The Importance of Representation

Bestselling YA author Tomi Adeyemi writes to tell stories that matter

June 25, 2019

Tomi Adeyemi onstage during the Auditorium Speaker Series on June 24, 2019.

During Monday’s Auditorium Speaker Series at American Library Association’s 2019 Annual Conference and Exhibition in Washington, D.C, New York Times bestselling YA author Tomi Adeyemi engaged in a witty, thought-provoking conversation with  Rose Brock, author and professor of children’s and young adult literature and library science at Sam Houston State University.

Adeyemi’s novel, Children of Blood and Bone (CBB), is situated in a fantasy world that incorporates themes of racism, oppression, and the abuse of power. CBB was inspired by Adeyemi’s adoration of Avatar: The Last Airbender, as well as a visit to a gift shop in Brazil.

It was while she was in that gift shop that the young author encountered a Black work of art and realized that there could indeed be Black gods and goddesses. This revelation was pivotal to CBB being created. After that chance encounter, Adeyemi began to stir up the gifts and imagination within her. She began to understand that true inspiration—her inspiration—came from her, her culture, and her heritage.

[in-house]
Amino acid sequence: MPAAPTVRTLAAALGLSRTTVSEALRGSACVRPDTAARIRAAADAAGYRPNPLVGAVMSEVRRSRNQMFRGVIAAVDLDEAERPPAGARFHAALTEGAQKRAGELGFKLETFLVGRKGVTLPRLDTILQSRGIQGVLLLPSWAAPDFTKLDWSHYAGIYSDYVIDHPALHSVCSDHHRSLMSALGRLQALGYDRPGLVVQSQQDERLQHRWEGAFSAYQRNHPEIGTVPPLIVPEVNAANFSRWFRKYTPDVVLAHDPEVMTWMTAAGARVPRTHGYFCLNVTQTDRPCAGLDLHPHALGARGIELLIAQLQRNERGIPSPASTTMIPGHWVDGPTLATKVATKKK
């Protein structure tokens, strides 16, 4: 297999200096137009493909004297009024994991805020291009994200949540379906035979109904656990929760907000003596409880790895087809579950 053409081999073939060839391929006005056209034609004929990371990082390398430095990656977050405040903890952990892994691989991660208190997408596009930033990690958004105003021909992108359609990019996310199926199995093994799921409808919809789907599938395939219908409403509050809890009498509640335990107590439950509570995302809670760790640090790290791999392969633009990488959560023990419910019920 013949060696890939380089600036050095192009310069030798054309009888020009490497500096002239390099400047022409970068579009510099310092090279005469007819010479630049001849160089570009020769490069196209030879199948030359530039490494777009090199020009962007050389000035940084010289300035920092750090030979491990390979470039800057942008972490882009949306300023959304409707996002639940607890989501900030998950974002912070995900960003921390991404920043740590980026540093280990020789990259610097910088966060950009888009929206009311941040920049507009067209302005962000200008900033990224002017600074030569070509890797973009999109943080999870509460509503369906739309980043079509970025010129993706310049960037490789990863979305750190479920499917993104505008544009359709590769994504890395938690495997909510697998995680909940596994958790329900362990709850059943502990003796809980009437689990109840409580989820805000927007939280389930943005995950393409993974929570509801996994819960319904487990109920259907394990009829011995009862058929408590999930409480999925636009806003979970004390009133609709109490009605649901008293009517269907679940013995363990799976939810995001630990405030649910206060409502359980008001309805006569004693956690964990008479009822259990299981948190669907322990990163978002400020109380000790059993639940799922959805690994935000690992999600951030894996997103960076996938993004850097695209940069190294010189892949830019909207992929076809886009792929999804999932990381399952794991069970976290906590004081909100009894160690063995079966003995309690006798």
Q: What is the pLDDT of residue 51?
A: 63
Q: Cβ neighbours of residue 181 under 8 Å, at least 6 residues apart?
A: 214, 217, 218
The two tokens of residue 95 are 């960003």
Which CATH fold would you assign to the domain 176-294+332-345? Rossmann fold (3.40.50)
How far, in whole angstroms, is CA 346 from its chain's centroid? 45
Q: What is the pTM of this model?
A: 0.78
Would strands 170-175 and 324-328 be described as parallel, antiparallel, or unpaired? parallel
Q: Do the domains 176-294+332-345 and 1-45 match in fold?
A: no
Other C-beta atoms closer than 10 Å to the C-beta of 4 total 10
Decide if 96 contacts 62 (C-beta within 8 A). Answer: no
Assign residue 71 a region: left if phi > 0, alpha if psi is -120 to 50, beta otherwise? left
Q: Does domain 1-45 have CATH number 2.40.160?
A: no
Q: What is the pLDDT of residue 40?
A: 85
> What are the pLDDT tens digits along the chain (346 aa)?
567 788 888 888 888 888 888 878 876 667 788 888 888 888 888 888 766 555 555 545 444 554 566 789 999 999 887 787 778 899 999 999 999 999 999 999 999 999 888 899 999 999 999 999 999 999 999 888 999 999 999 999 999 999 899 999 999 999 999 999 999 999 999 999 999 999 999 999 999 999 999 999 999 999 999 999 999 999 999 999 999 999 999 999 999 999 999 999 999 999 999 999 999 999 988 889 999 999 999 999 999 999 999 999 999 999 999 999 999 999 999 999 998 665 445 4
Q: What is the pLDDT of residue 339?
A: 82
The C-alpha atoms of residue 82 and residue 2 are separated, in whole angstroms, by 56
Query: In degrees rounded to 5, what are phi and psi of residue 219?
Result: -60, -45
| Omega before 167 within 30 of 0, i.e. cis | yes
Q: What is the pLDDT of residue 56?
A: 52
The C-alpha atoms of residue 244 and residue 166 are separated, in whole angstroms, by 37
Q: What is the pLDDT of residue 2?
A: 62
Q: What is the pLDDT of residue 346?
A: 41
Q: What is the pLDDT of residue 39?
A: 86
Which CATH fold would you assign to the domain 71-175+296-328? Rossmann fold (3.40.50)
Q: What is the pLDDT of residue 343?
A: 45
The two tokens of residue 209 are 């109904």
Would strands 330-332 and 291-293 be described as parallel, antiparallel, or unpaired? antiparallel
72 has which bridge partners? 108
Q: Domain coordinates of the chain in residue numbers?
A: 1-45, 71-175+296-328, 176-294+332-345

After conversing with a friend, Adeyemi saw that her idea for two books—a book about police brutality and another one about Black fantasy—didn’t need to be separate books. Instead, they could be thoughtfully interwoven into the fabric of one fantasy novel. CBB came out in March 2018, and it was 2019 William C. Morris YA Debut Award finalist and won the 2019 Waterstones Children’s Book Prize in the Older Fiction category.

During her 2019 ALA talk with Brock, Adeyemi noted that “all stories of fantasy … dystopia are about oppression, but without people who go through [those] oppressions.” As such, Adeyemi writes to tell stories that matter. She yearns for her readers to see characters that look like them in stories. Moreover, she writes so that “readers can fall in love with characters” or people that do not look like them.

Through CBB, Adeyemi created a story and setting that allowed her to be “the god of her own universe,” which was deeply empowering. This was especially poignant since earlier she “had determined that she could not be in her own imagination because she was Black.”

Adeyemi wrote CBB (and continues to write) stories about Black people out of self-love and so that everyone can love Black people. CBB is the first book in a trilogy. Book 2, Children of Virtue and Vengeance, comes out in December 2019. A film adaption of Children of Blood and Bone by Fox 2000 is also in the works, which will be directed by Rick Famuyiwa.


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